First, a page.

When you saw Joaquin Phoenix dancing down those outdoor steps toward the end of “Joker,” you probably didn’t think about Princess Elsa belting out “Let It Go” in the 2013 animated film “Frozen.” But Mark Cousins did –- and that’s the difference between him and you and me and the rest of the people who saw Cousins make that juxtaposition at the beginning of the 2021 Cannes Film Festival on Tuesday.
Cousins ties Joker and Elsa together because of the defiance at the heart of his dance and her song, and he does so at the start of “The Story of Film: A New Generation.” The documentary is an extraordinarily apt film to screen on the opening afternoon of Cannes 14 months after the pandemic had forced the festival to cancel its 2020 edition. Screening in the Salle Debussy at a Cannes built around unusual COVID checks and precautions, the film looks at the cinema of the 21st century in an eclectic, idiosyncratic manner -– but more to the point, it celebrates everything from twisted Bollywood comedies to creepy horror movies, from painstakingly slow epics to hyperkinetic animated flicks.
And at a time when people are venturing back into movie theaters, it uses the documentary form to glory in the act of being with people in the rooms where cinema lives. “The Story of Film” is long (though not by Cousins’ standards), it’s infuriating at times (entirely by design) and it overstates its case with defiant glee (again, it meant to do that), but you can’t love movies and not love a good chunk of what Cousins puts on the screen.
The director has done this kind of thing before: Several years after writing the 2004 book “The Story of Film,” he used his approach to film scholarship to make the 15-hour movie “The Story of Film: An Odyssey.” His other explorations of cinema include “A Story of Children and Film” in 2013 and the 40-chapter, 14-hour “Women Make Film: A New Road Movie Through Cinema” in 2020.
His new film isn’t a marathon; it’s a hefty but fast-paced two hours and 40 minutes that includes clips of about 90 different movies. There’s no information about grosses or awards –- as Cousins puts it at one point in the movie, his viewpoint is, “After the talk of box office and Oscars and tabloid gossip, what is left?”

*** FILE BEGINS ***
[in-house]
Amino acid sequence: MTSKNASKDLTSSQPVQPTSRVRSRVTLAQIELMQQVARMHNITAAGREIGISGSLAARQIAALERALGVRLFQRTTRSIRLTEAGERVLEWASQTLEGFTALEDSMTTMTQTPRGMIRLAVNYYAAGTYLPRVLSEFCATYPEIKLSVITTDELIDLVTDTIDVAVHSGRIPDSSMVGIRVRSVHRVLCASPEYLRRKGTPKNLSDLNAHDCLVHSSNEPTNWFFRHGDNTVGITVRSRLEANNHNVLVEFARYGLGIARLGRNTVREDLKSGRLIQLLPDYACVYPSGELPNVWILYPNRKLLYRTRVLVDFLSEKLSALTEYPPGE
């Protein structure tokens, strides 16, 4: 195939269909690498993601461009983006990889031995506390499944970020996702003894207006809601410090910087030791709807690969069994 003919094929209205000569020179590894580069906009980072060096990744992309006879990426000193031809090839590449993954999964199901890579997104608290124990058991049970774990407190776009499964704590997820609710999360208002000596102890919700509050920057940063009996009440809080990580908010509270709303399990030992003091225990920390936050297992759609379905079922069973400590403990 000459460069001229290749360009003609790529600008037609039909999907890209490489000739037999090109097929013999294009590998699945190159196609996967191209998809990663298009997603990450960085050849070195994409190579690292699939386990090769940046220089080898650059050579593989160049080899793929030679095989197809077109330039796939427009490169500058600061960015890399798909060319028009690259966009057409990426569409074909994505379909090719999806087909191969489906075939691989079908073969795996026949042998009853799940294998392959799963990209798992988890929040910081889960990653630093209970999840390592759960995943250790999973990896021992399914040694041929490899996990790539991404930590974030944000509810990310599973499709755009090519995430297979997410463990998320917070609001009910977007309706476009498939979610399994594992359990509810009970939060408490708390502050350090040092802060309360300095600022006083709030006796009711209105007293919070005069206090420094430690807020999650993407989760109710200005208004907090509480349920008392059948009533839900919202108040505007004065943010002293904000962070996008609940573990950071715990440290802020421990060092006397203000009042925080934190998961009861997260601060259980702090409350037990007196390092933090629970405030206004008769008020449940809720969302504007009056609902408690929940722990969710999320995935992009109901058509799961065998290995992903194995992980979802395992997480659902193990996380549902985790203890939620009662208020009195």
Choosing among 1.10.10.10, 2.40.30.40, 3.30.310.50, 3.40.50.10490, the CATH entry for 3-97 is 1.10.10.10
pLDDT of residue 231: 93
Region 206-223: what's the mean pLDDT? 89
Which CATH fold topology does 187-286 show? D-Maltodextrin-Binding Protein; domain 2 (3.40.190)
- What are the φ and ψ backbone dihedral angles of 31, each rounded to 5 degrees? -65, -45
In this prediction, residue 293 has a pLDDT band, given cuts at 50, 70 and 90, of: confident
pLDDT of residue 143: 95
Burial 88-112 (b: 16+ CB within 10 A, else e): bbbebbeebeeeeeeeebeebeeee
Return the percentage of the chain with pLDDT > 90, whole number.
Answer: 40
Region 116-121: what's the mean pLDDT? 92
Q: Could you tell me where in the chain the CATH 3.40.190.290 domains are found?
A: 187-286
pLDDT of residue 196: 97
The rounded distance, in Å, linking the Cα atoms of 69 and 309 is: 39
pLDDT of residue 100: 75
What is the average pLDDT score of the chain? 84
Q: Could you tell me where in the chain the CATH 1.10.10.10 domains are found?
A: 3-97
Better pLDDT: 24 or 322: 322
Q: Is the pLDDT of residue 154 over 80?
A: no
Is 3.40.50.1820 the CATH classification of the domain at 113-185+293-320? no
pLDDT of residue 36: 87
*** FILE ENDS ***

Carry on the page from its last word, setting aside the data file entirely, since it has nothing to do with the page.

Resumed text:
What is left is a lot. The first part of the film is subtitled “extending the language of film,” devoted to films that did things in different ways, from the documentary “Leviathan” to the disquieting sci-fi film “Under the Skin,” from a mainstream Hollywood movie like “Hustlers” to the austere Eastern European drama “On Body and Soul.” A section on comedy includes “Booksmart” and “Deadpool,” but also the Indian film “TK” and the Ugandan “Crazy World”; a sequence on action movies touches on both George Miller’s “Mad Max: Fury Road” and Anurag Kashyap’s five-hour “Gangs of Wasseypur.”
Ferociously eclectic, Cousins makes connections as he singles out films we’ve seen and ones we haven’t. The second half of his film is devoted to films that punished the media in new directions, which could mean Joanna Hogg’s “The Souvenir,” Leos Carax’s “Holy Motors,” Michael Haneke’s “Happy End” (for most people, not the one of Haneke’s 21st-century movies they’d single out), Godard’s “Goodbye to Language,” Laurie Anderson’s “Heart of a Dog” and the interactive “Bandersnatch” episode of “Black Mirror.” (No, he’s not worried about convention definitions of film vs. TV.)
Cousins pulls out single scenes, analyzes them and discusses their impact; at times his insights are sharp, at times they seem baffling, and often as not they can be both at the same time. He possesses an idiosyncratic cinematic imagination and isn’t interested in conventional wisdom, which means “The Story of Film” is the furthest thing from a rote trip through cinematic history.
You can quibble with his ideas -– is “Gravity” really a “body movie?” -– but you can’t dismiss his passion. And if you sit there wondering, as I did, how he could do a section on slow cinema in the 21st century and not mention “The Turin Horse,” that’s sort of the whole point: Cinema is a conversation and often an argument, and Mark Cousins is a hell of a fun guy to have an argument with.
He’s also a fierce advocate for the act of going to the movies, and for the return of cinema after the pandemic. “We hope that the cultural pessimists are wrong,” he says late in the film, talking about whether movie theaters can return. “These are our habitats, we creatures of the dark.” Cannes, of course, is full of those creatures; it’s a haven for them. And that makes “The Story of Film,” odd and compelling and oddly compelling, a grand way to kick off the festival.
Read TheWrap’s digital Cannes magazine here.